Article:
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Shackleton: Explorers Complete Epic Journey
Two exhausted adventurers have successfully recreated one of the most dangerous and historic journeys ever made on Earth.
After a gruelling 19-day trip, expedition leader Tim Jarvis and mountaineer Royal Marine Barry Gray finally reached the old whaling station at Stromness on South Georgia island in the Antarctic at 10.45pm on Sunday.
It is the same location where Sir Ernest Shackleton and his men raised the alarm that the crew of the Endurance needed rescue, almost 100 years ago.
Six Australian and British crew members began the journey - just as in 1916 - leaving Elephant Island in an exact replica of the cramped 6.9-metre lifeboat the James Caird.
They crossed 800 nautical miles of the notorious Southern Ocean before reaching South Georgia.
Just as Shackleton did, Mr Jarvis then chose two of his men to continue with him and traverse the mountainous interior of the island using traditional gear.
Veteran polar adventurer Mr Jarvis said: "It was epic, really epic, and we've arrived here against the odds.
"The ice climb at the Tridents is a serious thing and Shackleton didn't exaggerate - with ice at 50 degrees, with one wrong foot, we could have careened down a crevasse.
"It was the same for the Crean and Fortuna glacier. We had more than 20 crevasse falls up to our knees and Baz fell into a crevasse up to his armpits."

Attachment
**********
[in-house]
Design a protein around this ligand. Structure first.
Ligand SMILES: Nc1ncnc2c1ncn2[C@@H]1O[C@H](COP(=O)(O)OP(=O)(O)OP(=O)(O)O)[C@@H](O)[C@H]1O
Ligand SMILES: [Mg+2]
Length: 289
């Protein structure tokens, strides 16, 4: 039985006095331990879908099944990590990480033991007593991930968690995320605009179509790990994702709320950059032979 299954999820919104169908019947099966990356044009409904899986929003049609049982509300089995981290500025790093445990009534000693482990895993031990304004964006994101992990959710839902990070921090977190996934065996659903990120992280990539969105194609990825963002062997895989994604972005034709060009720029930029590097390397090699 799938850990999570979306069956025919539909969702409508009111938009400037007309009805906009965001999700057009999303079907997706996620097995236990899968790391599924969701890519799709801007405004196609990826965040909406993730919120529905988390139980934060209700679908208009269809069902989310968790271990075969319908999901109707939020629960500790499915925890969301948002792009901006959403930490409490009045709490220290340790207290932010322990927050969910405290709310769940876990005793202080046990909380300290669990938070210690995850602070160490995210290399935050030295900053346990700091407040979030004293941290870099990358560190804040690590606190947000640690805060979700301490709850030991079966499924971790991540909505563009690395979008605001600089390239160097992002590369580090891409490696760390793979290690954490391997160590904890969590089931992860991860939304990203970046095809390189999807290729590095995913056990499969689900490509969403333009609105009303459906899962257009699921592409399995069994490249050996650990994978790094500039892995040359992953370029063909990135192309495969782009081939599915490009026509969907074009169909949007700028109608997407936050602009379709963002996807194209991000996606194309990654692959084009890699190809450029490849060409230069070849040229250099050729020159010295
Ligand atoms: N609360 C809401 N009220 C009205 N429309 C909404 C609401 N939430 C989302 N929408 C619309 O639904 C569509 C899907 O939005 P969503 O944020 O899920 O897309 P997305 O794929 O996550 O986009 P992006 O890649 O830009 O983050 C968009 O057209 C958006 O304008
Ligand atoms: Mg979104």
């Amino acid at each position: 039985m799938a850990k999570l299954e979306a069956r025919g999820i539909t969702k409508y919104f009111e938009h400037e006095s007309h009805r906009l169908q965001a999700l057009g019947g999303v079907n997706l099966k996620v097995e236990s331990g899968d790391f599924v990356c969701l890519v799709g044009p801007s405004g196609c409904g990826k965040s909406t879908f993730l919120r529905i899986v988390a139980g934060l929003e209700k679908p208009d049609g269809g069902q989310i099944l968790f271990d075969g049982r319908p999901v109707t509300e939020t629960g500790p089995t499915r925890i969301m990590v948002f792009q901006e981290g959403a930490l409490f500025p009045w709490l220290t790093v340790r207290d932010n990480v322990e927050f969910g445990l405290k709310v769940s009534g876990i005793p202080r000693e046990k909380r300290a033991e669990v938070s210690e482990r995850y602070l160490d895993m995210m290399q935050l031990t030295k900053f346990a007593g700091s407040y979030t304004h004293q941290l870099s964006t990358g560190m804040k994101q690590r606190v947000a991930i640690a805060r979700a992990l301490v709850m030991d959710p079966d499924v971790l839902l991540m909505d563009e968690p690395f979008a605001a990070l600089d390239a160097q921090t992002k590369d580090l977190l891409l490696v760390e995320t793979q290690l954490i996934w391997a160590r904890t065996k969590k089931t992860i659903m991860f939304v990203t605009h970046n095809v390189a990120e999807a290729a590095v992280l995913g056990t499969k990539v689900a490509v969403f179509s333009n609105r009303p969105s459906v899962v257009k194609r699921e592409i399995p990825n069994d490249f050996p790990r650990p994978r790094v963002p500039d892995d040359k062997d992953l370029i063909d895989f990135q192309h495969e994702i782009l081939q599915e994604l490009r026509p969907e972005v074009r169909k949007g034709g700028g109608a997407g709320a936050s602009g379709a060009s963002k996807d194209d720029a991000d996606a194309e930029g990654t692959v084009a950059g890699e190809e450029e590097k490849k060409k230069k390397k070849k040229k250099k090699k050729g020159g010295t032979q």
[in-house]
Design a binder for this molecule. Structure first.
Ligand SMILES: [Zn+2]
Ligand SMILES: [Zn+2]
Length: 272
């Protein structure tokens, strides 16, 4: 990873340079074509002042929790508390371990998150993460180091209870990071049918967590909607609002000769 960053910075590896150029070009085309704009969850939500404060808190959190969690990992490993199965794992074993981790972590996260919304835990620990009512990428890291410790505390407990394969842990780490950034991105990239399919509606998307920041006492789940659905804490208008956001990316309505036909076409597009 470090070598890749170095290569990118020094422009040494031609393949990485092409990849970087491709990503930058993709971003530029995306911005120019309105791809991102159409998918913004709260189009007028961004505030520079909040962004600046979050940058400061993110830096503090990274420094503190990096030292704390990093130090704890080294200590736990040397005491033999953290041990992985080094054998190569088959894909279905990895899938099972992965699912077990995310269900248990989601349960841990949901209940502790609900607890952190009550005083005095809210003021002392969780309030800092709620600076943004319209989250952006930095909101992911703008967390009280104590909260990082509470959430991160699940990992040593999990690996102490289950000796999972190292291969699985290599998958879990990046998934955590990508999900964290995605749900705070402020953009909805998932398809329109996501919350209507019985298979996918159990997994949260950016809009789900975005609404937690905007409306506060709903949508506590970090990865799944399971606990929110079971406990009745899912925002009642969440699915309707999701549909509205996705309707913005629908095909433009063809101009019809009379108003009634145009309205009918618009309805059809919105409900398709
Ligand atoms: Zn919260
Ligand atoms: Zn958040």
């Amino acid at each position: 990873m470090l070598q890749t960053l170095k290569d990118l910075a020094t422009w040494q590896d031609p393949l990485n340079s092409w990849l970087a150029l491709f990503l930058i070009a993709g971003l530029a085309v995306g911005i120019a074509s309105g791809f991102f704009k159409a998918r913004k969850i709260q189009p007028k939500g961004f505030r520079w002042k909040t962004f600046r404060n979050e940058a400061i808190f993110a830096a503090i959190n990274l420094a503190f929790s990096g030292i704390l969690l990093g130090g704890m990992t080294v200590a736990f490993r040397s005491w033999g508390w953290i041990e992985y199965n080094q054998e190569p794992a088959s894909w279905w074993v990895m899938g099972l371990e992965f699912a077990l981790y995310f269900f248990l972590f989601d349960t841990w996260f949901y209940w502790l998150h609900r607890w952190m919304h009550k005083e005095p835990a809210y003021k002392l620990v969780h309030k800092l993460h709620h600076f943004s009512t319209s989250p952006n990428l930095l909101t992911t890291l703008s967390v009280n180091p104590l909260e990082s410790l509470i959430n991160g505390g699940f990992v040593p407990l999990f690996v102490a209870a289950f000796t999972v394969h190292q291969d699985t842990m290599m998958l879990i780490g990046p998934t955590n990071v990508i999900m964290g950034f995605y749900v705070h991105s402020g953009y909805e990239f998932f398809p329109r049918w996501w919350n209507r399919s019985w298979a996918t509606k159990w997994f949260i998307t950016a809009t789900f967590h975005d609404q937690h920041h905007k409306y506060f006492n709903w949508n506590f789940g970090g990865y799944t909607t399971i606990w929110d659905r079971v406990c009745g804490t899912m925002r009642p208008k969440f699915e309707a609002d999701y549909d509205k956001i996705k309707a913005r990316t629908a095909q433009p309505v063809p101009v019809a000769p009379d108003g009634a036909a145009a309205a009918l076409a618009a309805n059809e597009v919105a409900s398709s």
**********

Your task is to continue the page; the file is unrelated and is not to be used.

The pair wore identical clothing to that worn by Shackleton's crew, and navigated using the stars and sun. They even survived on similar rations.
"It might have taken us double the time it took Shackleton to cross the mountains due to the extreme weather we encountered but we were able to complete the sea journey in a faster time by some five days," Mr Jarvis said.
"Mother Nature rules out here and you just have to go with what she dishes up and make the best of it."
Mr Jarvis and Mr Gray were pinned down for 24 hours atop the plateau at Shackleton's Gap on the first part of the climb by a ferocious blizzard.
The third team member, navigator Paul Larsen, and a support team and film crew were evacuated from the mountain.
They waited on the support vessel in a nearby bay until the weather passed and Mr Larsen was able to re-join the two men.
While the duo had to resort to using a modern tent and sleeping bags to survive the blizzard, they endeavoured to re-enact the expedition as authentically as possible throughout the arduous journey.
"There's no doubt in my mind that everyone has a Shackleton double in them and I hope we've inspired a few people to find theirs," he said.
As well as enduring freezing conditions, sleep deprivation, dehydration and 50 knot winds some of the crew were diagnosed with "trench foot".
Shackleton's 1916 journey to raise the alarm about the sinking of his ship the Endurance is considered one of the greatest-ever survival tales.
During his third visit to the region the explorer's boat became trapped in 1915 and sank 10 months later as it was crushed by the advancing ice.
After living on the floating ice until April 1916, they set off in three small boats for Elephant Island.
From there, Shackleton and five crew made the voyage to South Georgia followed by the mountainous trek to the whaling station.
All members of the Endurance were eventually rescued confirming Shackleton's status as one of the greatest Antarctic explorers.